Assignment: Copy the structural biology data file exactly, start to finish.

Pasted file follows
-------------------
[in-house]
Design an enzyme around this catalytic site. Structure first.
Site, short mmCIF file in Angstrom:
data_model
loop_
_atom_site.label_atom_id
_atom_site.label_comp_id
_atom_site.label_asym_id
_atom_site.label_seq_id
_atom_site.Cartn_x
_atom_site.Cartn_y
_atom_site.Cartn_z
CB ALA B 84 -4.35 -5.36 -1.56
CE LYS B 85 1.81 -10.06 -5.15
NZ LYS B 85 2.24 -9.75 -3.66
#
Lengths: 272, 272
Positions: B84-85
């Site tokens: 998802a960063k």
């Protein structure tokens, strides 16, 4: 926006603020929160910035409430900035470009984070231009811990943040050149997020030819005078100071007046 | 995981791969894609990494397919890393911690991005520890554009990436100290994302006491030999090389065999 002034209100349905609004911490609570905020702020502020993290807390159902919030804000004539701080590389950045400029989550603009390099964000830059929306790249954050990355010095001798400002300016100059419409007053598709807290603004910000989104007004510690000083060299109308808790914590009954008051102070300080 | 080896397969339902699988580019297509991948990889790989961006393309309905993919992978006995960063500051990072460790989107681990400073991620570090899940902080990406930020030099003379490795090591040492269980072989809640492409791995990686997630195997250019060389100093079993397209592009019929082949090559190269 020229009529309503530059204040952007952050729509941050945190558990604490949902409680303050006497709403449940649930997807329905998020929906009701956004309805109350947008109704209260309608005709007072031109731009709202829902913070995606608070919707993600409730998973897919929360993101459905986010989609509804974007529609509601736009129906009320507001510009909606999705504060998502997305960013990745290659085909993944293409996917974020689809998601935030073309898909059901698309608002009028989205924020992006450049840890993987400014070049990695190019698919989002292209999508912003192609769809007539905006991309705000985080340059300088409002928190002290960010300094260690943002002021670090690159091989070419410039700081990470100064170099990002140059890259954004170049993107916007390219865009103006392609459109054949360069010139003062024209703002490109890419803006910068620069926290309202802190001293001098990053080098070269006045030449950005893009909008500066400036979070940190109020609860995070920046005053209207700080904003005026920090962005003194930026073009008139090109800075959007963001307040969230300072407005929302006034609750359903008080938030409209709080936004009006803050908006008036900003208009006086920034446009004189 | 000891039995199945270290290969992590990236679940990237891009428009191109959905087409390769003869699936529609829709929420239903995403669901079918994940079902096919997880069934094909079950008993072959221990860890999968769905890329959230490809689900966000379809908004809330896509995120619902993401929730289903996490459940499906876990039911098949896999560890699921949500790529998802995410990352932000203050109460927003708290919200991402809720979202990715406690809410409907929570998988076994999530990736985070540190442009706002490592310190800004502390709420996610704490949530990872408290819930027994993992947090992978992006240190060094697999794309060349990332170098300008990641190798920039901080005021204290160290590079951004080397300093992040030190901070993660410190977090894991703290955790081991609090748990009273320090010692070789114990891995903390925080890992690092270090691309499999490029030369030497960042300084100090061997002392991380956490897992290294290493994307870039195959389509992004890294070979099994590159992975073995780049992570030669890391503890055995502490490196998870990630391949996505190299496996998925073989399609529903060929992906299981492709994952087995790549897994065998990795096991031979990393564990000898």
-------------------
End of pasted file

[in-house]
Design an enzyme around this catalytic site. Structure first.
Site, short mmCIF file in Angstrom:
data_model
loop_
_atom_site.label_atom_id
_atom_site.label_comp_id
_atom_site.label_asym_id
_atom_site.label_seq_id
_atom_site.Cartn_x
_atom_site.Cartn_y
_atom_site.Cartn_z
CB ALA B 84 -4.35 -5.36 -1.56
CE LYS B 85 1.81 -10.06 -5.15
NZ LYS B 85 2.24 -9.75 -3.66
#
Lengths: 272, 272
Positions: B84-85
């Site tokens: 998802a960063k």
């Protein structure tokens, strides 16, 4: 926006603020929160910035409430900035470009984070231009811990943040050149997020030819005078100071007046 | 995981791969894609990494397919890393911690991005520890554009990436100290994302006491030999090389065999 002034209100349905609004911490609570905020702020502020993290807390159902919030804000004539701080590389950045400029989550603009390099964000830059929306790249954050990355010095001798400002300016100059419409007053598709807290603004910000989104007004510690000083060299109308808790914590009954008051102070300080 | 080896397969339902699988580019297509991948990889790989961006393309309905993919992978006995960063500051990072460790989107681990400073991620570090899940902080990406930020030099003379490795090591040492269980072989809640492409791995990686997630195997250019060389100093079993397209592009019929082949090559190269 020229009529309503530059204040952007952050729509941050945190558990604490949902409680303050006497709403449940649930997807329905998020929906009701956004309805109350947008109704209260309608005709007072031109731009709202829902913070995606608070919707993600409730998973897919929360993101459905986010989609509804974007529609509601736009129906009320507001510009909606999705504060998502997305960013990745290659085909993944293409996917974020689809998601935030073309898909059901698309608002009028989205924020992006450049840890993987400014070049990695190019698919989002292209999508912003192609769809007539905006991309705000985080340059300088409002928190002290960010300094260690943002002021670090690159091989070419410039700081990470100064170099990002140059890259954004170049993107916007390219865009103006392609459109054949360069010139003062024209703002490109890419803006910068620069926290309202802190001293001098990053080098070269006045030449950005893009909008500066400036979070940190109020609860995070920046005053209207700080904003005026920090962005003194930026073009008139090109800075959007963001307040969230300072407005929302006034609750359903008080938030409209709080936004009006803050908006008036900003208009006086920034446009004189 | 000891039995199945270290290969992590990236679940990237891009428009191109959905087409390769003869699936529609829709929420239903995403669901079918994940079902096919997880069934094909079950008993072959221990860890999968769905890329959230490809689900966000379809908004809330896509995120619902993401929730289903996490459940499906876990039911098949896999560890699921949500790529998802995410990352932000203050109460927003708290919200991402809720979202990715406690809410409907929570998988076994999530990736985070540190442009706002490592310190800004502390709420996610704490949530990872408290819930027994993992947090992978992006240190060094697999794309060349990332170098300008990641190798920039901080005021204290160290590079951004080397300093992040030190901070993660410190977090894991703290955790081991609090748990009273320090010692070789114990891995903390925080890992690092270090691309499999490029030369030497960042300084100090061997002392991380956490897992290294290493994307870039195959389509992004890294070979099994590159992975073995780049992570030669890391503890055995502490490196998870990630391949996505190299496996998925073989399609529903060929992906299981492709994952087995790549897994065998990795096991031979990393564990000898």